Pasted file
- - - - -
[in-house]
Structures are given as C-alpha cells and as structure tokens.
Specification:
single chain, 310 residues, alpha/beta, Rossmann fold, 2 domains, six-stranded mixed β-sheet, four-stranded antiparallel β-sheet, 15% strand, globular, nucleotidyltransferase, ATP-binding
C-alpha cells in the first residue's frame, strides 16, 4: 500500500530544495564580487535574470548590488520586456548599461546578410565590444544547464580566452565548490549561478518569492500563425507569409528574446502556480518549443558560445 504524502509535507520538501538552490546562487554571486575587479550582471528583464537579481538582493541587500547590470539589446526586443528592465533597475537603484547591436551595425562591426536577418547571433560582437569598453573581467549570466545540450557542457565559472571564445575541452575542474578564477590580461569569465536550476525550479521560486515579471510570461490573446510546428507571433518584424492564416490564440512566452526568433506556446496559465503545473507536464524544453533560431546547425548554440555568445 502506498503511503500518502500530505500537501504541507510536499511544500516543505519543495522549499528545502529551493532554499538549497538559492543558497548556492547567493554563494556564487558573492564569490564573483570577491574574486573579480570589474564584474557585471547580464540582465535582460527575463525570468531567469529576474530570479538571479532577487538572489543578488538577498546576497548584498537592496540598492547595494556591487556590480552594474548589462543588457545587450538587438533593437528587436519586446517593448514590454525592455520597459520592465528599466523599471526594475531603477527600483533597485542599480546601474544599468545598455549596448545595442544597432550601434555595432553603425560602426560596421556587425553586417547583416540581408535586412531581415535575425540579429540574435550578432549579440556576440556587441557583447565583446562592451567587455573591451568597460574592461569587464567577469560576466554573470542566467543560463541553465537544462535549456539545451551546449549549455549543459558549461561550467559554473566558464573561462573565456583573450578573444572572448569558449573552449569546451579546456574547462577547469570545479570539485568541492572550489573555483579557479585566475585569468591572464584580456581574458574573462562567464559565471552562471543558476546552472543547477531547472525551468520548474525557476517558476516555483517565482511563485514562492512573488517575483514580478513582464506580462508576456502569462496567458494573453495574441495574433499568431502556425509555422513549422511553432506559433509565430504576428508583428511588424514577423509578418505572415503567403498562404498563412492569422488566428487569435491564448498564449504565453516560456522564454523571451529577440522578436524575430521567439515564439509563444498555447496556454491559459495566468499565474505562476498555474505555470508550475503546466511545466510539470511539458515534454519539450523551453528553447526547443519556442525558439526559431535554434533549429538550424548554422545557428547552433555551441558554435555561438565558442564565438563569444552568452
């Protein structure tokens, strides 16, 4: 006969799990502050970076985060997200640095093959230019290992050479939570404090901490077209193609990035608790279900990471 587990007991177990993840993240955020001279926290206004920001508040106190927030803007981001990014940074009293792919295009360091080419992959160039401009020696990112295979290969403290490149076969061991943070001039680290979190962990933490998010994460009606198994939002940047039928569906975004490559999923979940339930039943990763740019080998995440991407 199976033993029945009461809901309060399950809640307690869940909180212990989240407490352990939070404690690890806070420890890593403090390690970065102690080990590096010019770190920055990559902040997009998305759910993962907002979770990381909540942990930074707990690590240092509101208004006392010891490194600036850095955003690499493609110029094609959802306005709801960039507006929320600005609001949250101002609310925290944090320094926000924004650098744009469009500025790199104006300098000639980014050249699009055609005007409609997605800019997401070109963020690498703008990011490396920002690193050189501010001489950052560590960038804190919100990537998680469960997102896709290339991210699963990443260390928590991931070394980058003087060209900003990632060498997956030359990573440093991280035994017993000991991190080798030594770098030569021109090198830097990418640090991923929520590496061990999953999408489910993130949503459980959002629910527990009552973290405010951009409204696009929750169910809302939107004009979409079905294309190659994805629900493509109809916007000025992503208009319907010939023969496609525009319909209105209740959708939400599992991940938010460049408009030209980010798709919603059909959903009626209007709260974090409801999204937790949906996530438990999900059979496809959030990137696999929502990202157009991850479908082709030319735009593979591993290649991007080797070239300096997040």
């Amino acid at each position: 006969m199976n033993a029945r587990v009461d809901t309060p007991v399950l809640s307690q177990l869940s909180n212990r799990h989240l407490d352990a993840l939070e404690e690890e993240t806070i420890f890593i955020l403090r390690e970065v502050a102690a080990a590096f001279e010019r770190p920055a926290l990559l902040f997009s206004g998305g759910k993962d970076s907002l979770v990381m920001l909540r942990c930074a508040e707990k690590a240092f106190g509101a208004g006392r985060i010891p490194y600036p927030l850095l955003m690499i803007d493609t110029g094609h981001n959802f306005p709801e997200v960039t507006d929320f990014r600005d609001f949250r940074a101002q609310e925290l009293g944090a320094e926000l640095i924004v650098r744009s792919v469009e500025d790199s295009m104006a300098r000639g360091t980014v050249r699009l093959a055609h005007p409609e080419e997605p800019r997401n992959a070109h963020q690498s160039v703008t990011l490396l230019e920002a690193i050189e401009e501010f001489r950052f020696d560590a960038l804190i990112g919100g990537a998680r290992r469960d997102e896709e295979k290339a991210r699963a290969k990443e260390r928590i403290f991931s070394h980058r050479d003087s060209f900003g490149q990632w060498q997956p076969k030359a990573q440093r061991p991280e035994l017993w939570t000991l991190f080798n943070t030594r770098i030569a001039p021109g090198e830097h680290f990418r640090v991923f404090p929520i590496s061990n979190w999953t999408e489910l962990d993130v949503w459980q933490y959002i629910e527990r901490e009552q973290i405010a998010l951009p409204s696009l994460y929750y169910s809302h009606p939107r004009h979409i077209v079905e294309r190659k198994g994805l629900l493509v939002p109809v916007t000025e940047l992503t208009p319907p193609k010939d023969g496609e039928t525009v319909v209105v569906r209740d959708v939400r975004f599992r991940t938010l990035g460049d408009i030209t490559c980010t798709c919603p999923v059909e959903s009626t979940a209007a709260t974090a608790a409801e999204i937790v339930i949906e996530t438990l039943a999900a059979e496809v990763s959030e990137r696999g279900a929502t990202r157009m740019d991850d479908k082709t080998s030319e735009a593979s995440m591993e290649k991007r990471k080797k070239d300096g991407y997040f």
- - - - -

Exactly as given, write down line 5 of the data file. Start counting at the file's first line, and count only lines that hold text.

C-alpha cells in the first residue's frame, strides 16, 4: 500500500530544495564580487535574470548590488520586456548599461546578410565590444544547464580566452565548490549561478518569492500563425507569409528574446502556480518549443558560445 504524502509535507520538501538552490546562487554571486575587479550582471528583464537579481538582493541587500547590470539589446526586443528592465533597475537603484547591436551595425562591426536577418547571433560582437569598453573581467549570466545540450557542457565559472571564445575541452575542474578564477590580461569569465536550476525550479521560486515579471510570461490573446510546428507571433518584424492564416490564440512566452526568433506556446496559465503545473507536464524544453533560431546547425548554440555568445 502506498503511503500518502500530505500537501504541507510536499511544500516543505519543495522549499528545502529551493532554499538549497538559492543558497548556492547567493554563494556564487558573492564569490564573483570577491574574486573579480570589474564584474557585471547580464540582465535582460527575463525570468531567469529576474530570479538571479532577487538572489543578488538577498546576497548584498537592496540598492547595494556591487556590480552594474548589462543588457545587450538587438533593437528587436519586446517593448514590454525592455520597459520592465528599466523599471526594475531603477527600483533597485542599480546601474544599468545598455549596448545595442544597432550601434555595432553603425560602426560596421556587425553586417547583416540581408535586412531581415535575425540579429540574435550578432549579440556576440556587441557583447565583446562592451567587455573591451568597460574592461569587464567577469560576466554573470542566467543560463541553465537544462535549456539545451551546449549549455549543459558549461561550467559554473566558464573561462573565456583573450578573444572572448569558449573552449569546451579546456574547462577547469570545479570539485568541492572550489573555483579557479585566475585569468591572464584580456581574458574573462562567464559565471552562471543558476546552472543547477531547472525551468520548474525557476517558476516555483517565482511563485514562492512573488517575483514580478513582464506580462508576456502569462496567458494573453495574441495574433499568431502556425509555422513549422511553432506559433509565430504576428508583428511588424514577423509578418505572415503567403498562404498563412492569422488566428487569435491564448498564449504565453516560456522564454523571451529577440522578436524575430521567439515564439509563444498555447496556454491559459495566468499565474505562476498555474505555470508550475503546466511545466510539470511539458515534454519539450523551453528553447526547443519556442525558439526559431535554434533549429538550424548554422545557428547552433555551441558554435555561438565558442564565438563569444552568452